For years, many practitioners understood the elective share to provide the baseline for the minimum amount that a decedent must leave his or her spouse; one could always leave more, but not less. Therefore, Florida attorneys routinely advised surviving spouses in situations in which the adequacy of such spouse’s inheritance was uncertain that they could not be disadvantaged by making the election. The elective share, in essence, was viewed as a protective election. If it was determined during the administration that the decedent left assets to the surviving spouse totaling more than 30 percent of the elective estate, then the spouse would retain the inheritance he or she received via probate and nonprobate transfers. On the other hand, if it was determined that the decedent left the surviving spouse assets totaling less than 30 percent of the elective estate, the beneficiaries of the decedent’s other assets were obligated to remedy the shortfall. This understanding seemed consistent with the overall policy of protecting surviving spouses, especially considering that it was not uncommon for an estate to take several months, or even years, after the deadline for filing the election to calculate the final value of the elective estate.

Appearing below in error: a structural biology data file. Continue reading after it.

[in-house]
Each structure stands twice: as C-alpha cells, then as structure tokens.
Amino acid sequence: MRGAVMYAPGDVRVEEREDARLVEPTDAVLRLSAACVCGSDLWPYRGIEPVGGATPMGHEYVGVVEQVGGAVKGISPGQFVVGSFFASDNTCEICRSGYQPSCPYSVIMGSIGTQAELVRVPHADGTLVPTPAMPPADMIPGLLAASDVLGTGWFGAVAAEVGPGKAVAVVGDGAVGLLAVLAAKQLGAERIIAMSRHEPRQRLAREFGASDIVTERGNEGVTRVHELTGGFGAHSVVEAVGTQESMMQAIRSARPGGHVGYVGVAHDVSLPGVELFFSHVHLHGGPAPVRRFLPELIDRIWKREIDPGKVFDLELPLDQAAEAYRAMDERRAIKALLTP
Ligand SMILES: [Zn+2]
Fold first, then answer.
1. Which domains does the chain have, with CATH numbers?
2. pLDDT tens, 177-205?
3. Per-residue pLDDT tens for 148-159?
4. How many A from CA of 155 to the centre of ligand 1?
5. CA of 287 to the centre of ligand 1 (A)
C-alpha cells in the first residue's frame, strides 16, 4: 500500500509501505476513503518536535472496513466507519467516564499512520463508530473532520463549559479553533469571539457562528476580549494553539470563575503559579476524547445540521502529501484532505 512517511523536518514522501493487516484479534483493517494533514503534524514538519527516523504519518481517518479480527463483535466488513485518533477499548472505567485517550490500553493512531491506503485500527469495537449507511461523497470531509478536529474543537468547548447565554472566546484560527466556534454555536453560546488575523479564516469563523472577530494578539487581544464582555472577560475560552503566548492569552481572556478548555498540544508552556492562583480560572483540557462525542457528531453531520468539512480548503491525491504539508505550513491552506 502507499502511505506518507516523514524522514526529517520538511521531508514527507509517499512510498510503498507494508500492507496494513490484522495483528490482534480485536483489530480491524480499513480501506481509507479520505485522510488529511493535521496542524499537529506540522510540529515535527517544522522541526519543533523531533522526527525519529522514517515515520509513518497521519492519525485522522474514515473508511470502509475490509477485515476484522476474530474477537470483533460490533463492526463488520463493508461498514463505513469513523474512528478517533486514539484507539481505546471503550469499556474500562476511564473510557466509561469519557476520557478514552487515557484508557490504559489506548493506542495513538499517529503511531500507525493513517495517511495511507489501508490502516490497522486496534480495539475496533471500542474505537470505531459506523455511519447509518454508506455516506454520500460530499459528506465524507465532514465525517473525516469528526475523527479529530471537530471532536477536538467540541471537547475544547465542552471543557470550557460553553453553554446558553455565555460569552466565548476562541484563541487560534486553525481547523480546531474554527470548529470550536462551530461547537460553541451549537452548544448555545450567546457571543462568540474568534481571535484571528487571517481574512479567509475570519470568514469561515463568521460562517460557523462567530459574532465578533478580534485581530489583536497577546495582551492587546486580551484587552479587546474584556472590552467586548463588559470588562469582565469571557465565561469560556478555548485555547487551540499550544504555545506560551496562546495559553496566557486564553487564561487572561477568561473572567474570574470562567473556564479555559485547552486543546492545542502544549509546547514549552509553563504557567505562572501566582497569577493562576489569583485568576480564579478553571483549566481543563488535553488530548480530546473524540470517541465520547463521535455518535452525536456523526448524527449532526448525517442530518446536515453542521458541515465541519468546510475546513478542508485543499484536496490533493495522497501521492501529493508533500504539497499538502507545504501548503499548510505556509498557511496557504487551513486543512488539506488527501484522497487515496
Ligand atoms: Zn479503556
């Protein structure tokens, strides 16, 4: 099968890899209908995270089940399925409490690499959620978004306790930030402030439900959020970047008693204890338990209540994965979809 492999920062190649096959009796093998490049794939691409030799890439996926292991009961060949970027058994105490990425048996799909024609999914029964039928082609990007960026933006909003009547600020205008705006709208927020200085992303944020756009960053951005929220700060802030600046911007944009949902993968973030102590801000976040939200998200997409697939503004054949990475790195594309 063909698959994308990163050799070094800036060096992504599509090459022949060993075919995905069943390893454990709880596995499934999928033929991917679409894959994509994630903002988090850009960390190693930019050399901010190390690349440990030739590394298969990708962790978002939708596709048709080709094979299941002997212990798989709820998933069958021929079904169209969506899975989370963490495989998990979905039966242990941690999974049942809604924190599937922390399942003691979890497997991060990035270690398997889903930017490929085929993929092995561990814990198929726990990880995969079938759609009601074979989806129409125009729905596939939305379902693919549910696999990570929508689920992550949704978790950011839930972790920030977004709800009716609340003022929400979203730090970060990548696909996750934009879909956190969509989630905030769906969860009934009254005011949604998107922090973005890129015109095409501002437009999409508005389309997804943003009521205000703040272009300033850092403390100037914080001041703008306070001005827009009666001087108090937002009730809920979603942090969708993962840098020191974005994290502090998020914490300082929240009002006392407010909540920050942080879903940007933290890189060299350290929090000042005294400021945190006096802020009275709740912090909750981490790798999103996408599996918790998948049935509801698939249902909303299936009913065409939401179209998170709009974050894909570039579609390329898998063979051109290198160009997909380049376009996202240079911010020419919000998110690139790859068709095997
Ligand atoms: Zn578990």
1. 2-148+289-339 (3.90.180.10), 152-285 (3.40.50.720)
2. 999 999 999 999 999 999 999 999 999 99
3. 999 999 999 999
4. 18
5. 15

Florida’s elective share was unexpectedly turned on its head in December 2015, however, when the Third District Court of Appeal issued a per curiam affirmed opinion in the case of Richardson v. Perez, 207 So. 3d 886 (Fla. 3d DCA 2015). In Richardson, the surviving spouse timely filed for the elective share within six months of the decedent’s death and did not withdraw her election within eight months of the decedent’s death in accordance with §732.2135(3). Upon calculating the elective share, it was determined the surviving spouse would receive more than 30 percent of the decedent’s elective estate when the cash and real property gifted to her under the decedent’s will were augmented by the nonprobate assets passing to her. The trial court ruled that the elective share operated as an election to take against the decedent’s will, and that, by making the election, the surviving spouse forfeited her right to receive assets in excess of 30 percent of the elective estate. In other words, the election operated to cap the surviving spouse’s inheritance at the elective share amount. The Third District’s decision to affirm the trial court’s ruling without a written opinion shocked many in the Florida probate community because several prominent practitioners, including some who had even worked on the drafting committee for the 1999 overhaul of the election share regime, believed the law was clearly the opposite.